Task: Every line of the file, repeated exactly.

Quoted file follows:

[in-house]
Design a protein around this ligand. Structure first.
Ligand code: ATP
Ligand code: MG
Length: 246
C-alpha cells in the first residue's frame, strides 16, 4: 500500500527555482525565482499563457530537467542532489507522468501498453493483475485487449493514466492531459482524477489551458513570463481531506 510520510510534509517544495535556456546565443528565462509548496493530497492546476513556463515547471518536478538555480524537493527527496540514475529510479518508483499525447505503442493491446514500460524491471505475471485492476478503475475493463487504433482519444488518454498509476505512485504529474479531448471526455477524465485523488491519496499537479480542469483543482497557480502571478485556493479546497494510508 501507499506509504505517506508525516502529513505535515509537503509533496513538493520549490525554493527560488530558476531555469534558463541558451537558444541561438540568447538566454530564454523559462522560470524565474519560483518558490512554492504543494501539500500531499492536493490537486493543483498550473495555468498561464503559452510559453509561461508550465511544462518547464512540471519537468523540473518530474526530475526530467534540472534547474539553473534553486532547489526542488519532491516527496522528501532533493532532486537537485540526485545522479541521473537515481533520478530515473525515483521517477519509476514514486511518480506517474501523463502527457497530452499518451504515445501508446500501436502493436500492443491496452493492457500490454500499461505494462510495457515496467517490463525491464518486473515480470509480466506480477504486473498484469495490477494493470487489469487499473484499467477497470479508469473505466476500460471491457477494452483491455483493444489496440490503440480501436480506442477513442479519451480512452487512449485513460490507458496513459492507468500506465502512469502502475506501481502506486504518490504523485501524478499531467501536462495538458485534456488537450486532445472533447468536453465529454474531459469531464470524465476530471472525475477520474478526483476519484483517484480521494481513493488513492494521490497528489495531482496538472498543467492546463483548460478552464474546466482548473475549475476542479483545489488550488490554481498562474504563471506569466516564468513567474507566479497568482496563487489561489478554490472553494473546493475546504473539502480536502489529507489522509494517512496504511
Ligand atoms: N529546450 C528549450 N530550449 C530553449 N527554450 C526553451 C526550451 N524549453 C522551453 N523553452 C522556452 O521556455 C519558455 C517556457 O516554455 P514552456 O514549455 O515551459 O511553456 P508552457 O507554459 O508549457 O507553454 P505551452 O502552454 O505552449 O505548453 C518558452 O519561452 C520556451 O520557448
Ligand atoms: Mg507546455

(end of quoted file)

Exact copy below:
[in-house]
Design a protein around this ligand. Structure first.
Ligand code: ATP
Ligand code: MG
Length: 246
C-alpha cells in the first residue's frame, strides 16, 4: 500500500527555482525565482499563457530537467542532489507522468501498453493483475485487449493514466492531459482524477489551458513570463481531506 510520510510534509517544495535556456546565443528565462509548496493530497492546476513556463515547471518536478538555480524537493527527496540514475529510479518508483499525447505503442493491446514500460524491471505475471485492476478503475475493463487504433482519444488518454498509476505512485504529474479531448471526455477524465485523488491519496499537479480542469483543482497557480502571478485556493479546497494510508 501507499506509504505517506508525516502529513505535515509537503509533496513538493520549490525554493527560488530558476531555469534558463541558451537558444541561438540568447538566454530564454523559462522560470524565474519560483518558490512554492504543494501539500500531499492536493490537486493543483498550473495555468498561464503559452510559453509561461508550465511544462518547464512540471519537468523540473518530474526530475526530467534540472534547474539553473534553486532547489526542488519532491516527496522528501532533493532532486537537485540526485545522479541521473537515481533520478530515473525515483521517477519509476514514486511518480506517474501523463502527457497530452499518451504515445501508446500501436502493436500492443491496452493492457500490454500499461505494462510495457515496467517490463525491464518486473515480470509480466506480477504486473498484469495490477494493470487489469487499473484499467477497470479508469473505466476500460471491457477494452483491455483493444489496440490503440480501436480506442477513442479519451480512452487512449485513460490507458496513459492507468500506465502512469502502475506501481502506486504518490504523485501524478499531467501536462495538458485534456488537450486532445472533447468536453465529454474531459469531464470524465476530471472525475477520474478526483476519484483517484480521494481513493488513492494521490497528489495531482496538472498543467492546463483548460478552464474546466482548473475549475476542479483545489488550488490554481498562474504563471506569466516564468513567474507566479497568482496563487489561489478554490472553494473546493475546504473539502480536502489529507489522509494517512496504511
Ligand atoms: N529546450 C528549450 N530550449 C530553449 N527554450 C526553451 C526550451 N524549453 C522551453 N523553452 C522556452 O521556455 C519558455 C517556457 O516554455 P514552456 O514549455 O515551459 O511553456 P508552457 O507554459 O508549457 O507553454 P505551452 O502552454 O505552449 O505548453 C518558452 O519561452 C520556451 O520557448
Ligand atoms: Mg507546455